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The Most Unpopular Man in Britain?

by Gerald A. Dorfmanvia Hoover Digest
Saturday, October 30, 2004

Tony Blair is unpopular with the public and with his party. Why is he still in the job? By Gerald A. Dorfman.

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Report from Baghdad

by Larry Diamondvia Hoover Digest
Saturday, October 30, 2004

Winning the war was easy. Winning the peace? Harder. Larry Diamond, who worked with the coalition in Baghdad last spring, explains what we have done wrong—and what we can still do right.

GREAT EXPECTATIONS: The Future of the European Union

with John O'Sullivan, Adrian Wooldridgevia Uncommon Knowledge
Monday, October 25, 2004

For some six decades, the continent of Europe has enjoyed remarkable peace and prosperity. What role has the European Union played in this success? And what role should the European Union play in the future? According to some European leaders, the purpose of the European Union is to create a superpower capable of counterbalancing the United States. Is the goal of a superpower Europe a good idea? Is it even possible? Peter Robinson speaks with John O'Sullivan and Adrian Wooldridge.

WHO NEEDS THE UNITED NATIONS? Reforming the United Nations

with Victor Davis Hanson, Jane Walesvia Uncommon Knowledge
Monday, October 25, 2004

In 2003, the secretary general of the United Nations appointed a 16-member commission to assess the threats to worldwide security in the twenty-first century. The commission came back with a number of recommendations for reforming the UN itself. Is this institution so important that it must be preserved and reformed? Or, given its lack of response to the crisis in Iraq, the ongoing nuclear crises in North Korea and Iran, and the humanitarian crisis in the Sudan, is the UN beyond reform? Perhaps it has outlasted its usefulness. Peter Robinson speaks with Victor Davis Hanson and Jane Wales.

LATIN AMERICA GOES SOUTH: Political Reform in Latin America

with Stephen Haber, Alvaro Vargas Llosavia Uncommon Knowledge
Thursday, October 21, 2004

Over the last quarter century, Latin America appears to have made remarkable political and economic progress—an undeniable shift towards democratic government and free market economics. Yet during the last five years, several Latin American countries have experienced one political and economic crisis after another. Why? Have democratic and free market reforms failed Latin America? Or are enduring problems of governmental structure still to blame? Peter Robinson speaks with Stephen Haber and Alvaro Vargas Llosa.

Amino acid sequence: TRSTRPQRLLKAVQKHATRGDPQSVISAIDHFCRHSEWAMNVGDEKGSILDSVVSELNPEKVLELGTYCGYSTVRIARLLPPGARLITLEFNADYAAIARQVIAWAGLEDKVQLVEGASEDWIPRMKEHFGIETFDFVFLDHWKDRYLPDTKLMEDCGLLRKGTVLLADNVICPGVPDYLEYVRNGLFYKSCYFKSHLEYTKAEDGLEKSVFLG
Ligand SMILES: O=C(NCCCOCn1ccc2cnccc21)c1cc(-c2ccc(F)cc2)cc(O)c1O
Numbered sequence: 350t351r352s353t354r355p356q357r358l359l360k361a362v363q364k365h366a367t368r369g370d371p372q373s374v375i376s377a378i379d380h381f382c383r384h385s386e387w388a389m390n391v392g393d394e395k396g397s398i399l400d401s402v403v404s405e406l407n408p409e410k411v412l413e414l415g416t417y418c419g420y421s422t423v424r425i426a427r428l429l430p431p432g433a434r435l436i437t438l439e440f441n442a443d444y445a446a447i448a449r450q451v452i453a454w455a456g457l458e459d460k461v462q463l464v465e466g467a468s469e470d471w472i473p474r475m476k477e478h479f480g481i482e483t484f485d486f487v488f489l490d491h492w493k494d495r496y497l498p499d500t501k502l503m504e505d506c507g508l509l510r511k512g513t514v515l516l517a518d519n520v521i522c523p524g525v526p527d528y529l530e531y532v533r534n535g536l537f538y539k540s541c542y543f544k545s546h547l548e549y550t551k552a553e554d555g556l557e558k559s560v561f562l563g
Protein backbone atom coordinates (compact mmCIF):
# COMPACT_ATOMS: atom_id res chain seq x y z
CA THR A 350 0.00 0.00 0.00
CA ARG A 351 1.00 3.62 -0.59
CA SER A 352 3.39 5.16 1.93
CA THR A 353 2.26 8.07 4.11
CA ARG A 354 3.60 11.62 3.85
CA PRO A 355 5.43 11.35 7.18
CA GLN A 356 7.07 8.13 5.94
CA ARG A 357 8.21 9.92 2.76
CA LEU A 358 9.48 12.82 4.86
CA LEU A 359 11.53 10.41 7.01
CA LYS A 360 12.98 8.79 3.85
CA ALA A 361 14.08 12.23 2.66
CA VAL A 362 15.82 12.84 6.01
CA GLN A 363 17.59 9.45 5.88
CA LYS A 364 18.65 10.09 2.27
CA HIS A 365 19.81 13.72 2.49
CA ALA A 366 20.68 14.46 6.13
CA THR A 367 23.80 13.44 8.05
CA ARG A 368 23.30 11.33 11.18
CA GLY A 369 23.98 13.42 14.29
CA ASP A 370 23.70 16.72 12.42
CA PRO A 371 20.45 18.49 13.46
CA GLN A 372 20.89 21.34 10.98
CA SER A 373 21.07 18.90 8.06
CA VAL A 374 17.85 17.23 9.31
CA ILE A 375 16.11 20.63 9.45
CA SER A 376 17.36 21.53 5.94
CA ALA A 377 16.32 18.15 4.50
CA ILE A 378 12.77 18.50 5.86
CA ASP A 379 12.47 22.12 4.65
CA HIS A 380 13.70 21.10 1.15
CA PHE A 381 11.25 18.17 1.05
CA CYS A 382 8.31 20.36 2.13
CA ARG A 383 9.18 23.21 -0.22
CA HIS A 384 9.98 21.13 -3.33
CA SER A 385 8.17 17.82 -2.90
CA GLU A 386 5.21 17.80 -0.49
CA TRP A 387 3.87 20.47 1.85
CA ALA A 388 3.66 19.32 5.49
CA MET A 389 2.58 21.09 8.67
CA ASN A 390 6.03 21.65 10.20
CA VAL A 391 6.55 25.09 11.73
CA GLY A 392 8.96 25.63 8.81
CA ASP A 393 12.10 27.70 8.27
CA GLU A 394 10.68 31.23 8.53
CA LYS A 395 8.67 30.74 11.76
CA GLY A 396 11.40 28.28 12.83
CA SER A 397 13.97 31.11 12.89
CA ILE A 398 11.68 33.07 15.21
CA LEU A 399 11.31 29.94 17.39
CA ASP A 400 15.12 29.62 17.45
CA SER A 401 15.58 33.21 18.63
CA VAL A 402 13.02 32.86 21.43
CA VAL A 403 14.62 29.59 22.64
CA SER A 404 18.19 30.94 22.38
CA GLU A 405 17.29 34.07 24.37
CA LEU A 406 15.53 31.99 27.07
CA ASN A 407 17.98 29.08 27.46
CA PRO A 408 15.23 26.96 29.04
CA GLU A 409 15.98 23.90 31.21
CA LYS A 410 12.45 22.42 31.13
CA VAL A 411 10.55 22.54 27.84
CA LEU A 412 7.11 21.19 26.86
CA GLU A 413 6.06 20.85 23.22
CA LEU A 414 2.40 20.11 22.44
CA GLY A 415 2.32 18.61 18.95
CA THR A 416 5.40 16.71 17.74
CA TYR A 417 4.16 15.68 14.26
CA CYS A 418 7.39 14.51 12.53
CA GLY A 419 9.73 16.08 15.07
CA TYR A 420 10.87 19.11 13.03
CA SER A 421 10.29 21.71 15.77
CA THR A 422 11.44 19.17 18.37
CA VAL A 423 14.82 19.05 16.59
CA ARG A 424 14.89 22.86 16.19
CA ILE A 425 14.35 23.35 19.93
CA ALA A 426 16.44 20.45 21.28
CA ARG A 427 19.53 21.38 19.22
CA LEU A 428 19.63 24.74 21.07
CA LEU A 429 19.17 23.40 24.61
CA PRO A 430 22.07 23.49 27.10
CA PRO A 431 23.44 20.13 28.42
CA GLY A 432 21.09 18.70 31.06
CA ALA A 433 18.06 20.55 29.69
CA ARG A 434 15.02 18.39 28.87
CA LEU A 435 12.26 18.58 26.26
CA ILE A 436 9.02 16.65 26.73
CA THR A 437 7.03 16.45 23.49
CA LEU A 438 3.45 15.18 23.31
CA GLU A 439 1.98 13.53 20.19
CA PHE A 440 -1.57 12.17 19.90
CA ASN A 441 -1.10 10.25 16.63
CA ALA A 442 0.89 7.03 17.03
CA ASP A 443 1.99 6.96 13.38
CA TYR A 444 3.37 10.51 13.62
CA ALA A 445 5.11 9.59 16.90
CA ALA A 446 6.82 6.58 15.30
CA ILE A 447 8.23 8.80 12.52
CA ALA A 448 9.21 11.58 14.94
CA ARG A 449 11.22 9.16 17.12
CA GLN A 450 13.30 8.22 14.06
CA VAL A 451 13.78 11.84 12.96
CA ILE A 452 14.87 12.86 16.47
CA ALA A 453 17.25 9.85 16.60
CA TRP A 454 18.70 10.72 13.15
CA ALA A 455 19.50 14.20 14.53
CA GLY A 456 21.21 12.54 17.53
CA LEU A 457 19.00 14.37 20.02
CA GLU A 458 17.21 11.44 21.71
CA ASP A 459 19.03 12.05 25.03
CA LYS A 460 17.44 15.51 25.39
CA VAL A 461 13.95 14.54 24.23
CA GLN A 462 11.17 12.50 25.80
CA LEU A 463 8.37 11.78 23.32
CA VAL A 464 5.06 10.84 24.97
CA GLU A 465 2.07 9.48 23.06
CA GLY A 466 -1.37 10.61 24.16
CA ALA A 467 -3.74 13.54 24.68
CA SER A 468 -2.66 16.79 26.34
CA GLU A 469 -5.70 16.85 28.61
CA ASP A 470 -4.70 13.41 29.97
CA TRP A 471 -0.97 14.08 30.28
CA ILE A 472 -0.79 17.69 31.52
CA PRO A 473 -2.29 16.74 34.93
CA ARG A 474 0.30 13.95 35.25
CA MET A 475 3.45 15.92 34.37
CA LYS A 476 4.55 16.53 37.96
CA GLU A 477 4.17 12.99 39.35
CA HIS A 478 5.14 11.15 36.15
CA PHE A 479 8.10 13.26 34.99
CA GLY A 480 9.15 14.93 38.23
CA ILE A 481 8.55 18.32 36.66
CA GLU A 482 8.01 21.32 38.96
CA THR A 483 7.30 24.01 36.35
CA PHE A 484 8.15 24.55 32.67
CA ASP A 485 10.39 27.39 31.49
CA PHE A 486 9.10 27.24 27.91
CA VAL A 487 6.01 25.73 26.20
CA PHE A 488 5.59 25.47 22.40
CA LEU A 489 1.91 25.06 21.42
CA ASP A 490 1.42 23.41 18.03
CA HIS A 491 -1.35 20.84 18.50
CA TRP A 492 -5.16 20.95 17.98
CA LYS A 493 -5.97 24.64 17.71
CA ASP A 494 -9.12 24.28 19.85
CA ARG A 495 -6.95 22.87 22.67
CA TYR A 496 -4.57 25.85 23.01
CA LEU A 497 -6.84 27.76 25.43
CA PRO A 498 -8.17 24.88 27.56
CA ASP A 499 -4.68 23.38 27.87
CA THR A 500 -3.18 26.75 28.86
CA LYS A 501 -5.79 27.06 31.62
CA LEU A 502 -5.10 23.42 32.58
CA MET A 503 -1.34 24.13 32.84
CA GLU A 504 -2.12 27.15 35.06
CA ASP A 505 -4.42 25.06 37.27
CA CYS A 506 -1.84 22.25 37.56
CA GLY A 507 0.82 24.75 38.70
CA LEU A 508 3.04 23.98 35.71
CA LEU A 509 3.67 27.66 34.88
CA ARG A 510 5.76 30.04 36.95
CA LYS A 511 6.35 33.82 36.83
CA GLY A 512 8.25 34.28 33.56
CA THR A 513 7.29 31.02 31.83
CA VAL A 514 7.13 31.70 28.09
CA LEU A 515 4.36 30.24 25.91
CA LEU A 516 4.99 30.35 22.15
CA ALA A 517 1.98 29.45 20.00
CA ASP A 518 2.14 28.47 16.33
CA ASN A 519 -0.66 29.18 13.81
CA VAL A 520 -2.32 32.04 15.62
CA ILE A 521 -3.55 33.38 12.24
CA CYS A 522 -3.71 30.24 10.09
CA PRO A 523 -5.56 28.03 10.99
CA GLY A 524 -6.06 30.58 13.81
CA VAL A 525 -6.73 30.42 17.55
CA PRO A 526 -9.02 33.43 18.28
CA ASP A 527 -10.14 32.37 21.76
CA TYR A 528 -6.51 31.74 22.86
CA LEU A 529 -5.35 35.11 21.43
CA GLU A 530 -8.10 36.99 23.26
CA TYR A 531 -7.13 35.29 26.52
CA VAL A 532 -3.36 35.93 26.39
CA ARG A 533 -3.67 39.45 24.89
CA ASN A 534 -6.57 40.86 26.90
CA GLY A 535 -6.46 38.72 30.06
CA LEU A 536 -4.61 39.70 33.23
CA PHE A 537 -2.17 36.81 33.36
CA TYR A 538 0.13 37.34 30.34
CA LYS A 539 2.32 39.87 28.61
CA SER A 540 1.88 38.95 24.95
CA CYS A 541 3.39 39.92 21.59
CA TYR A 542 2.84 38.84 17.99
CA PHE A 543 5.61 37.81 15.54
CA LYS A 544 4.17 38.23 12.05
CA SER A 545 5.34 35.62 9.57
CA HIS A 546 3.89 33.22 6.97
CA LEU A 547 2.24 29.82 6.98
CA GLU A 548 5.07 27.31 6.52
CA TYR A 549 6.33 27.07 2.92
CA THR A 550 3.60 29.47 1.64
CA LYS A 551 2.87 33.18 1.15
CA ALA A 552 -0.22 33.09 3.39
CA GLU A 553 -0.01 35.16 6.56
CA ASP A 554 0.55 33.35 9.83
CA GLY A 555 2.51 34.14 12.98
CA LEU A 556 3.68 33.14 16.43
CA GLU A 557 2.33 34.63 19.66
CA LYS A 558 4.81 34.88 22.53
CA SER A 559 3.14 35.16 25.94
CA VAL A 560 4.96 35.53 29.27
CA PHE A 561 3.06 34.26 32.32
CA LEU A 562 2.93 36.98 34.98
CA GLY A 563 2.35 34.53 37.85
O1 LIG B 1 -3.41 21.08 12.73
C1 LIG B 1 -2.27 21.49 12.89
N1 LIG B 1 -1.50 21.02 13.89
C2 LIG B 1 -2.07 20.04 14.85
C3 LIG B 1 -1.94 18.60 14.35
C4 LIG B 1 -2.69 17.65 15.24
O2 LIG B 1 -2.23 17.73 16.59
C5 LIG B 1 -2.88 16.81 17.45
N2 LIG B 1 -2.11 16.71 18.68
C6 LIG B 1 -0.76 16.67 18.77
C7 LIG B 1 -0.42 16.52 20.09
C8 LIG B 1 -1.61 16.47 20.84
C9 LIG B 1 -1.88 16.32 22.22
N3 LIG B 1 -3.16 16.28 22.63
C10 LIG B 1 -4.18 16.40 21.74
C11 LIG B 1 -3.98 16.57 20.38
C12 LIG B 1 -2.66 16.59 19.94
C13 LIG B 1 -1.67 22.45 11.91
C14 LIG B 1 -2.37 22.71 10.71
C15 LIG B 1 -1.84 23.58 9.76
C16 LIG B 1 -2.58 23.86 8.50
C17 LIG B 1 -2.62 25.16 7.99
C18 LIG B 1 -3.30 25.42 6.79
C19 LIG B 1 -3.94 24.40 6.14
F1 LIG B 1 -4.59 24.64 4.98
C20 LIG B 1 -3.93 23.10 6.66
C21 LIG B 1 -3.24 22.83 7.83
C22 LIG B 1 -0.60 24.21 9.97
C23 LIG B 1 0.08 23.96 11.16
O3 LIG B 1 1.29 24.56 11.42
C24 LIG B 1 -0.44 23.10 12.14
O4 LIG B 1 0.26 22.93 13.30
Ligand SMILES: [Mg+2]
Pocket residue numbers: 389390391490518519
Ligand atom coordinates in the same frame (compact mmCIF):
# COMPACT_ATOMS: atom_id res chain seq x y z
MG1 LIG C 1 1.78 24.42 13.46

Politicizing Reason

by Peter Berkowitzvia Policy Review
Friday, October 1, 2004

Peter Berkowitz on Reason: Why Liberals Will Win the Battle for America by Robert B. Reich

The Persistence of North Korea

by Nicholas Eberstadtvia Policy Review
Friday, October 1, 2004

What has been keeping Pyongyang afloat?

7 + 1 = 8. China Will Join the Economic Group of Seven

by Michael S. Bernstam, Alvin Rabushka
Monday, September 27, 2004

On October 1, 2004, on the 55th anniversary of the founding of the Communist People's Republic of China, the born-again China will effectively join the Group of Seven major industrial economies.

The Czechs and the Lands of the Bohemian Crown
Books

The Czechs and the Lands of the Bohemian Crown

by Hugh Agnewvia Hoover Institution Press
Friday, September 24, 2004

In this first up-do-date, single volume history of the Czechs, Agnew provides an introduction to the major themes and contours of Czech history for the general reader—from prehistory and the first Slavs to the Czech Republic's entry into the European Union.

Analysis and Commentary

Cambodia joins the WTO

by Alvin Rabushka, Michael S. Bernstamvia russianeconomy.org
Tuesday, September 7, 2004

A recent announcement that Cambodia joins the WTO, on the heels of China's accession in November 2001 and bypassing the disqualified Russia, makes abundantly clear who is what.

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Research Teams


The Working Group on Foreign Policy and Grand Strategy explores an array of foreign policy topics to develop orienting principles about the most important policy challenges that face the United States.
 
 

The Arctic Security Initiative addresses the strategic and security implications of increased Arctic activity and identifies opportunities for shaping a safe, secure, and prosperous Arctic.